The thirst of loneliness John 19 28-30
On the cross, Jesus plunges headlong into the abyss of loneliness. The darkness which covered the land; the hiding of the sun, of light and warmth was nature’s way of representing the utter helplessness felt by Jesus in the ‘darkness’ of being all alone on the cross. The dark feelings of loneliness did not happen in an instant. It was a progression; a succession of events which lead Jesus into the depths of loneliness.
We can follow this succession in Jesus passion. We can follow the events which led to the point of Jesus’ crucifixion and feelings of utter loneliness and darkness on the cross for our sin, when he cried out ‘My God, my God, why have you forsaken me?’ We can see that one by one, people leave Jesus to die alone; only the nails that pierced his hands and feet are supporting him…every other support has gone; even his Father in heaven leaves because of his wrath against sin.
The progression into utter loneliness, known as the darkness of the soul, began with the kiss of a friend, a betrayal. Then, from that moment on, one friend after another, in turn, walked away from him, a succession of hurts, rejection, accusations, lies and murderous intentions lead Jesus further into the abyss of loneliness, even depression. In his neediest hour, when he is hurting most, suffering for the sins of the world, for you and I, his own mother had to leave him; given over to another son. Jesus said to his mother, “Dear woman, here is your son,” and to the disciple, “Here is your mother.”
Finally, the sun itself removed its light and warmth from Jesus, leaving the world in darkness, a darkness to match the darkness of his soul; the utter loneliness, to die for our sin. The horror of this moment is foretold in Isaiah ‘he was pierced for our transgressions, he was crushed for our iniquities; the punishment that brought us peace was upon him, and by his wounds we are healed.’ Jesus thirsted for compassion, yet received only sour wine…the results of our sin.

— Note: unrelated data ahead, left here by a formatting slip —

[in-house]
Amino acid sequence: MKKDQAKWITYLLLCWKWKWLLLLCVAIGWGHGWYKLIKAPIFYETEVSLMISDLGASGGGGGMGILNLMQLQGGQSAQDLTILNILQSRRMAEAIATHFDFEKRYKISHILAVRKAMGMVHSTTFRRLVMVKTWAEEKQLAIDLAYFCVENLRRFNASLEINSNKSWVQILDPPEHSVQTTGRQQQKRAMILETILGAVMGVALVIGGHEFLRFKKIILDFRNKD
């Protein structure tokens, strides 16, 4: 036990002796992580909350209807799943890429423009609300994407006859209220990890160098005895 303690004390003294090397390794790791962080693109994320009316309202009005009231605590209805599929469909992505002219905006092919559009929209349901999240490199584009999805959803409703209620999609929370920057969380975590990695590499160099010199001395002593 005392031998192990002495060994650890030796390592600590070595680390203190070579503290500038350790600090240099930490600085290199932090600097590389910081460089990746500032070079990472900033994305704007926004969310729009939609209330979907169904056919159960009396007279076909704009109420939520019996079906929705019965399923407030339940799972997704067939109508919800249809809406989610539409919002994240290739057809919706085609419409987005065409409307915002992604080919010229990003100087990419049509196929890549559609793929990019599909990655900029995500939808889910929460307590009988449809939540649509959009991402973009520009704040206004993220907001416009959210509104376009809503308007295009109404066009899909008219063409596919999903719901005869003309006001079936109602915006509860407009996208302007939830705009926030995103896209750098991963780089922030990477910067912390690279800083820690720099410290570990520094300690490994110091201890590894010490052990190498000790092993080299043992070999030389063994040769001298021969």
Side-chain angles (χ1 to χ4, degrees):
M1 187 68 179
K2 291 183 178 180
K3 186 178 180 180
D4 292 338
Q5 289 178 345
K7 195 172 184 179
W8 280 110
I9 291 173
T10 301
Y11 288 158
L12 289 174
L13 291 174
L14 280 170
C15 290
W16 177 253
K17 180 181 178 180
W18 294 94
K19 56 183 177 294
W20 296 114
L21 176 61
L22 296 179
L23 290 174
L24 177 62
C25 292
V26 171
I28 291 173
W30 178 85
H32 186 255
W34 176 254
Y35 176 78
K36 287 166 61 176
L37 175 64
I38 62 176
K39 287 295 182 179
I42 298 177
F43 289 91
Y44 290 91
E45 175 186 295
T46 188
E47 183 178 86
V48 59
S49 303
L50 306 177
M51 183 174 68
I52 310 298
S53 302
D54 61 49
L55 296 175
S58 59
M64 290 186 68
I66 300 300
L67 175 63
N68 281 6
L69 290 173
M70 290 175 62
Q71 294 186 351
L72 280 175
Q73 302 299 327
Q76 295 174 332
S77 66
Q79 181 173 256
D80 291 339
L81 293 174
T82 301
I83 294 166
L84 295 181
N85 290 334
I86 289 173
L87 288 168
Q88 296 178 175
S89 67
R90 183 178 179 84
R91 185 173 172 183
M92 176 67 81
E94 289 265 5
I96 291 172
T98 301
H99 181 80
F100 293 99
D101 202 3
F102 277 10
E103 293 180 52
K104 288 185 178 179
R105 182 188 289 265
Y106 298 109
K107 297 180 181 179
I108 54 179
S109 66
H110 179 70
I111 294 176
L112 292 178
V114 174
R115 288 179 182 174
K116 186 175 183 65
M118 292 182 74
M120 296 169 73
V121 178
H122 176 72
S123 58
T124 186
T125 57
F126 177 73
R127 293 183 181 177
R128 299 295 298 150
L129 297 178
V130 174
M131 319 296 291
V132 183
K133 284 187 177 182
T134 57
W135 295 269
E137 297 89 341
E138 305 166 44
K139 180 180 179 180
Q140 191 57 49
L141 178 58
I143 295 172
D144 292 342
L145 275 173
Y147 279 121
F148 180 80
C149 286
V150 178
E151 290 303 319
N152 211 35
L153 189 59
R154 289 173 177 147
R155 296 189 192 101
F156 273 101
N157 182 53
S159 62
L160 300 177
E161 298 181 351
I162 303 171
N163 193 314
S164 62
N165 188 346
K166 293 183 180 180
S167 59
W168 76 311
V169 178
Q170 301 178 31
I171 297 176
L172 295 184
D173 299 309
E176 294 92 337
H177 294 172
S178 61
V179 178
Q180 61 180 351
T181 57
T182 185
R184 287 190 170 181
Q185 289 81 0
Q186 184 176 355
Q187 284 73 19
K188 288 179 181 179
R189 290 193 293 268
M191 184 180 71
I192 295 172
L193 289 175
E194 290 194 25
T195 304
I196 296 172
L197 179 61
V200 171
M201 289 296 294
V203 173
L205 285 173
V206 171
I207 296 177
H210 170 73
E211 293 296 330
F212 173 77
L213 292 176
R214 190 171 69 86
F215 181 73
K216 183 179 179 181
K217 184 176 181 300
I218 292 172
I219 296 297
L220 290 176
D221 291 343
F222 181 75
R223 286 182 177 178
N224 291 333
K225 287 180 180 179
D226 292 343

Many of us, while never knowing the true anguish of Jesus, can certainly relate to the darkness of soul; utter loneliness; ‘depression.’ For some of us, our lives have been a succession of betrayals, of friends leaving us, of hurts or even sickness, which have led us to a point of despair. And this despair or depression is the ‘the darkness of the soul’ and is as real for us as it was for Jesus.
Kind David experienced it, saying in Psalm 88 ‘You have taken my companions and loved ones from me; the darkness is my closest friend.’ It is part of our human condition. It is the hallmark of sin and evil. You and I are born sinful and therefore born into a daily reminder, that in our suffering, in our sinning, we are in the grip of ceaseless futility and crushing, mindless darkness.
Yet a profound realization comes to us through despair. It is the realization that there is no meaning, no value, no worthwhile activity, nothing of any value within us or the material universe, no beauty, no love…none of these contain value in themselves. Meaning and value is above and beyond; it is in God alone. Meaning and value lay in the suffering servant Jesus.
While many of the believers had left Jesus at the cross because they could not see any sense in his suffering; while Mary his mother wept because of the hopelessness of it all; while Peter hid his face at the obscenity of knowing a man being crucified; there was one man who could see Christ as his saviour. He could see and receive Jesus because he himself was suffering. The thief of the cross.
He said, “Jesus, remember me when you come into your kingdom.” His suffering taught him that everything, even life itself is futile. His pain, his darkness, his anguish, his recognition of sin led him to trust in Jesus, who was suffering in his place, who was his saviour, and Jesus never disappoints faith ‘”I tell you the truth, today you will be with me in paradise.“
To redeem us from our darkness, Jesus had to first conquer it for us. He had to be sacrificed to it and then in death strike a fatal blow to its heart. The cross is now a light that shines in the darkness. St Paul says ‘the cross is the power unto salvation.’
You may have previously suffered in the darkness of loneliness and despair, or you may be currently living in the midst of darkness of the soul, or it may come to you one day. At this very time, when we can’t see a way out, a purpose or meaning in our suffering, is when Christ comes to us and preaches a word of good news to us ‘In this world you will have trouble. But take heart! I have overcome the world.” By faith we look past our suffering and darkness into the light of the cross. By faith, together with the thief we trust that when Jesus said ‘It is finished’, our darkness is only temporary, and that by his death he has won for us the victory of eternal life. Amen